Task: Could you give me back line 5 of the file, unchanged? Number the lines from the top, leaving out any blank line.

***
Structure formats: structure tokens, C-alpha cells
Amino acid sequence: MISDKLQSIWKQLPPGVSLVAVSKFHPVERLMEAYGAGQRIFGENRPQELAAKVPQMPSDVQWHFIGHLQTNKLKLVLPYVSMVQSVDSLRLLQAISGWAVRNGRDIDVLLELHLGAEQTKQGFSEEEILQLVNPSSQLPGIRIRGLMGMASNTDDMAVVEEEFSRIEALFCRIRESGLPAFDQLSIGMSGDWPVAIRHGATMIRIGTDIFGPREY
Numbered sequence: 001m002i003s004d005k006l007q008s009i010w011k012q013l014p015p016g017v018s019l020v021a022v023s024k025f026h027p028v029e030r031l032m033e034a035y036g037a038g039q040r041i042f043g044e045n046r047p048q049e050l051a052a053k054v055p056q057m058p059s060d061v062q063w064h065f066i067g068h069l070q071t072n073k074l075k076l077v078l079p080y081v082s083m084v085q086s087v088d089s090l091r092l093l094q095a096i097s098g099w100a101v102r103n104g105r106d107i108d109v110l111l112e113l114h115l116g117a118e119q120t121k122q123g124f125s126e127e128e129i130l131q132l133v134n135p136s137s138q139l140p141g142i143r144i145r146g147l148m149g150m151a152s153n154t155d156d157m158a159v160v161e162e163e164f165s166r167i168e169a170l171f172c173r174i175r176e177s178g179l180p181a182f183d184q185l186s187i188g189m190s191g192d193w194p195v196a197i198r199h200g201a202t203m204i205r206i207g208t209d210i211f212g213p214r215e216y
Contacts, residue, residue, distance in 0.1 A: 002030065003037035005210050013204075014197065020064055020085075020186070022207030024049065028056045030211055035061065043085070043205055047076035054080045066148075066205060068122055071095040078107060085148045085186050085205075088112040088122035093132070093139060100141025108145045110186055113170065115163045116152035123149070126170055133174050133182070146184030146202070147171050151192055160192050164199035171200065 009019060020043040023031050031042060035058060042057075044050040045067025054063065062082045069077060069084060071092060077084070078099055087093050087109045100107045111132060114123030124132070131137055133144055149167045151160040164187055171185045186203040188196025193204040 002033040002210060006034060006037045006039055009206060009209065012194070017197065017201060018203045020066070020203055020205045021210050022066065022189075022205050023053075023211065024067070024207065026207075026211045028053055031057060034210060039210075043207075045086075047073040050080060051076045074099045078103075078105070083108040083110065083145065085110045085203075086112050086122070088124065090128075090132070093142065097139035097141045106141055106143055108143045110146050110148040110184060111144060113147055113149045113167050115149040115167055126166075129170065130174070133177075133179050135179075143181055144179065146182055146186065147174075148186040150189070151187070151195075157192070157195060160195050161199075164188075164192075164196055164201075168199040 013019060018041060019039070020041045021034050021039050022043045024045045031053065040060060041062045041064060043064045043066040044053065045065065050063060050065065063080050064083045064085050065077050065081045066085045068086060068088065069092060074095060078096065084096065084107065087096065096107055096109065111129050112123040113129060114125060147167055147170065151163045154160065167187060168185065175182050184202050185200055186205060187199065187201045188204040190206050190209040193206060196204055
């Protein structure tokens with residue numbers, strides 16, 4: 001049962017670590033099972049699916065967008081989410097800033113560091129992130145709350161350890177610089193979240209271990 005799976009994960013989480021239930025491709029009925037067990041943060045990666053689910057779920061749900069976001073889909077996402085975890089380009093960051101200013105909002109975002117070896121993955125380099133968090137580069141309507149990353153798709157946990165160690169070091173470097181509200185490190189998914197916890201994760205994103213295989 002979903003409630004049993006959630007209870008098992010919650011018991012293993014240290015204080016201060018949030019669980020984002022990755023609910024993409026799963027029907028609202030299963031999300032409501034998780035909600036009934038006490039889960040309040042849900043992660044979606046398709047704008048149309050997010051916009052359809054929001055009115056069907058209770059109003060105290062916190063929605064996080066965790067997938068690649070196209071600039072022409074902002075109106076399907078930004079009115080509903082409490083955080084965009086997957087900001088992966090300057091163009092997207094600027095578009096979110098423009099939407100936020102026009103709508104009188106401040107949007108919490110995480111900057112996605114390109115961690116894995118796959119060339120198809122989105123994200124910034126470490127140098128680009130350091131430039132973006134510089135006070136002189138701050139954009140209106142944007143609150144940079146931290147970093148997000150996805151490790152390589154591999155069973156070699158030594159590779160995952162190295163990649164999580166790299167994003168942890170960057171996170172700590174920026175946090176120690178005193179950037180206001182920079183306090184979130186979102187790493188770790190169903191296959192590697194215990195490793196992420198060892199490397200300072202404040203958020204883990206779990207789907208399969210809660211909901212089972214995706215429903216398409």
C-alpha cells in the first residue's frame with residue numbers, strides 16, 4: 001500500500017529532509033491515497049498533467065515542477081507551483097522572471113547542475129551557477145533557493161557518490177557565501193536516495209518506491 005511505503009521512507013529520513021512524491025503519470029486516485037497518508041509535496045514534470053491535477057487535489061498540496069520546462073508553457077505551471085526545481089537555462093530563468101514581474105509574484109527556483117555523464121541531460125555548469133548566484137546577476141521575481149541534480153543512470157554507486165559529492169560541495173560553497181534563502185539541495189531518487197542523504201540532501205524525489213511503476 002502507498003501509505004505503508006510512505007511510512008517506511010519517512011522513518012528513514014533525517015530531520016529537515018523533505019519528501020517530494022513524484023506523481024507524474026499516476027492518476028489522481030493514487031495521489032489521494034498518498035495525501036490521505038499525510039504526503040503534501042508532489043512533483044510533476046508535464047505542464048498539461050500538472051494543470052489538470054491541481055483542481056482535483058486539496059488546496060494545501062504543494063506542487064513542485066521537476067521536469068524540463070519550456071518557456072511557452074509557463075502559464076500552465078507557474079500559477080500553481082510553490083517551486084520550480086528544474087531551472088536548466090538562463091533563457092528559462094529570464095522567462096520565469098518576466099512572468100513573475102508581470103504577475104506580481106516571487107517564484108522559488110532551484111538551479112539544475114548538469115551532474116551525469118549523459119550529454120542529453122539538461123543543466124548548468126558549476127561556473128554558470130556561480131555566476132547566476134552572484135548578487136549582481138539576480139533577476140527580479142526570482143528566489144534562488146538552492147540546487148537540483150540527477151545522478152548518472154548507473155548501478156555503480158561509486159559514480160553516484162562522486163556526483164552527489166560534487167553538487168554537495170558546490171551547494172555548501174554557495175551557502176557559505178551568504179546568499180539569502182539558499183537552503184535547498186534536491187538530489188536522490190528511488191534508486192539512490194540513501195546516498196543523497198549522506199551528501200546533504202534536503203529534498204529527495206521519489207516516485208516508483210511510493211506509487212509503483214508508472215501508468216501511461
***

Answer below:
């Protein structure tokens with residue numbers, strides 16, 4: 001049962017670590033099972049699916065967008081989410097800033113560091129992130145709350161350890177610089193979240209271990 005799976009994960013989480021239930025491709029009925037067990041943060045990666053689910057779920061749900069976001073889909077996402085975890089380009093960051101200013105909002109975002117070896121993955125380099133968090137580069141309507149990353153798709157946990165160690169070091173470097181509200185490190189998914197916890201994760205994103213295989 002979903003409630004049993006959630007209870008098992010919650011018991012293993014240290015204080016201060018949030019669980020984002022990755023609910024993409026799963027029907028609202030299963031999300032409501034998780035909600036009934038006490039889960040309040042849900043992660044979606046398709047704008048149309050997010051916009052359809054929001055009115056069907058209770059109003060105290062916190063929605064996080066965790067997938068690649070196209071600039072022409074902002075109106076399907078930004079009115080509903082409490083955080084965009086997957087900001088992966090300057091163009092997207094600027095578009096979110098423009099939407100936020102026009103709508104009188106401040107949007108919490110995480111900057112996605114390109115961690116894995118796959119060339120198809122989105123994200124910034126470490127140098128680009130350091131430039132973006134510089135006070136002189138701050139954009140209106142944007143609150144940079146931290147970093148997000150996805151490790152390589154591999155069973156070699158030594159590779160995952162190295163990649164999580166790299167994003168942890170960057171996170172700590174920026175946090176120690178005193179950037180206001182920079183306090184979130186979102187790493188770790190169903191296959192590697194215990195490793196992420198060892199490397200300072202404040203958020204883990206779990207789907208399969210809660211909901212089972214995706215429903216398409």